2022 / Intersections
Review by Kathy Parsons
Wendolins Monocle is a fascinating second album from Austrian jazz trio, Owls. The trio consists of Simon Oberleitner (piano and electroacoustics), David Ambrosch (upright bass) and Konstantin Kräutler-Horváth (drums & sampling) - a fairly conventional jazz trio with a VERY unconventional sound! One of the things I love about European artists is that the lines that divide one genre of music from another are often blurred to non-existent while American music becomes more and more boxed into specific categories. European musicians seem to be much freer to explore and create their own distinctive sounds, going in different directions and blazing their own musical trails. Guest artists on this album include Herbert Walser-Breuss (cornet, trumpet and fx), Veronika Morscher (vocals, speech/lyrics), and Klaus Haberl (speech/lyrics).
Wendolins Monocle is all about perspective. It "tells the story of a young man who dares to cross the boundaries of observational spaces. The view through a monocle makes time stand still and gives him the ability to immerse himself in the world of the micro and the macro." (quoting Owls' website) It is a "story between fiction and reality, between music and literature, between science and philosophy, between acoustics and electronics." Each of the ten pieces is a musical tracing of the protagonist's gaze, and each piece is different from the others - from very peaceful to much more energetic. Most tracks are instrumental, but there are also sung and spoken words - some in English and some in German. It's a glorious musical journey and one that won't get put away on the shelf once I'm done writing this review!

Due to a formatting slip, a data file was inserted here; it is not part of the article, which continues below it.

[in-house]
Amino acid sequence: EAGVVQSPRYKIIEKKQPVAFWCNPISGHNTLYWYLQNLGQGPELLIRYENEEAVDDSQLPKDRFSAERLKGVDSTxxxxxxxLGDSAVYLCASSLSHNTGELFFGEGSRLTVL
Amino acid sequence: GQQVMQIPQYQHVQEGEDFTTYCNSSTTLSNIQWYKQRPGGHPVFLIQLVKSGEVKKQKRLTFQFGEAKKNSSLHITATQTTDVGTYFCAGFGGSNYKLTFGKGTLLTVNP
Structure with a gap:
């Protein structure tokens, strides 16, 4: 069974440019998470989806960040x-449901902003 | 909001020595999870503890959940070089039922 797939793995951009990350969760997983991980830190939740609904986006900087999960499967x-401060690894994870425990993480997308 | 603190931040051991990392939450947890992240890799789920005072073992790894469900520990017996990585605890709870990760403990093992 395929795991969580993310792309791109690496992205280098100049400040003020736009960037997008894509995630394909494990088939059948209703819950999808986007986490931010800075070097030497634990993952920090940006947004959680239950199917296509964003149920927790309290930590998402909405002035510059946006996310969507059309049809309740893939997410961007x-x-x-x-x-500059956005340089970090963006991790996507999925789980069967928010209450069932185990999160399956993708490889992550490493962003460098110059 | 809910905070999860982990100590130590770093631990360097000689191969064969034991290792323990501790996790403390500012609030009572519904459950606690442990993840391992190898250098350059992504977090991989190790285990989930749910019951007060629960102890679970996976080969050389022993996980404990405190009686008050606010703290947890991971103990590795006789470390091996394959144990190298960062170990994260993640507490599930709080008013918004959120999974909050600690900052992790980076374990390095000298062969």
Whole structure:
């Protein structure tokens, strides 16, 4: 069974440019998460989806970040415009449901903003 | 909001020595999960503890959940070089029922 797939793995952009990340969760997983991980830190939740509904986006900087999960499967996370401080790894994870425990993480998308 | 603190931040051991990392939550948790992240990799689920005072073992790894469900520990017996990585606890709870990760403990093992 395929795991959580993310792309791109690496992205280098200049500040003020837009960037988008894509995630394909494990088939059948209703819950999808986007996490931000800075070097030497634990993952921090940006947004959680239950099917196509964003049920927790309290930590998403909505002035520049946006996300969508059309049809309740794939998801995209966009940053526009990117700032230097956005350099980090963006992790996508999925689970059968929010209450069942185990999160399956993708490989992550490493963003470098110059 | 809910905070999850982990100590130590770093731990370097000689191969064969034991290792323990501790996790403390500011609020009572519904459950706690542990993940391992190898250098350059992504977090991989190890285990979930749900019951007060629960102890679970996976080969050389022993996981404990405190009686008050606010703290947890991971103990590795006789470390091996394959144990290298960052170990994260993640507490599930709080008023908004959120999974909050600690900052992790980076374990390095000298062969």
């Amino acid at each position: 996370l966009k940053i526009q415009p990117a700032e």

Wendolins Monocle begins with "Prunus Serrulata - And Suddenly Silence," a piece that opens with a percussion intro (that startles my dog!). Then the piano and bass enter with a slow, easy groove before Veronika Morscher's beautiful vocals tell us to "breathe in, breathe out, and bow down" - an intriguing start that captured my attention right away. "Moss and Stone" is a free and easy instrumental that describes "when everything got huge." "The Fisherman and His Soul" is based on a fairy tale by Oscar Wilde and features a slightly muted piano, some interesting hand percussion, bass and Veronika whispering quotations from the story. There are also various effects that make the piece even more magical. Cornet joins in for the last couple of minutes, perhaps telling a different part of the story. I really like this one! "Walzer der tanzenden Pfauenfeder" translates to "Waltz of the Dancing Peacock Feather" and features muted trumpet along with piano, bass and percussion. Rhythmic, easy-going and colorful, and then it just sort of drifts off at the end. "The Root" is another favorite and describes "deep down the branched and intertwined paths." A little darker than the previous tracks and possibly more improvised, the bass has a chance to really shine on this one! The dramatic ending pulls out all the stops and then fades away. "Blessing" is very gentle and prayer-like - and very beautiful! It's interesting that "Introducing Wendolin" is the closing track! It includes German spoken-word in a short passage, but is mostly an upbeat musical exploration that is easy to identify as jazz. It's a great closing for a great album!
If you're in the mood for something different, be sure give Wendolins Monocle a try! It is available from Amazon, Apple Music/iTunes and streaming sites such as Spotify and Bandcamp. More, please!
November 10, 2022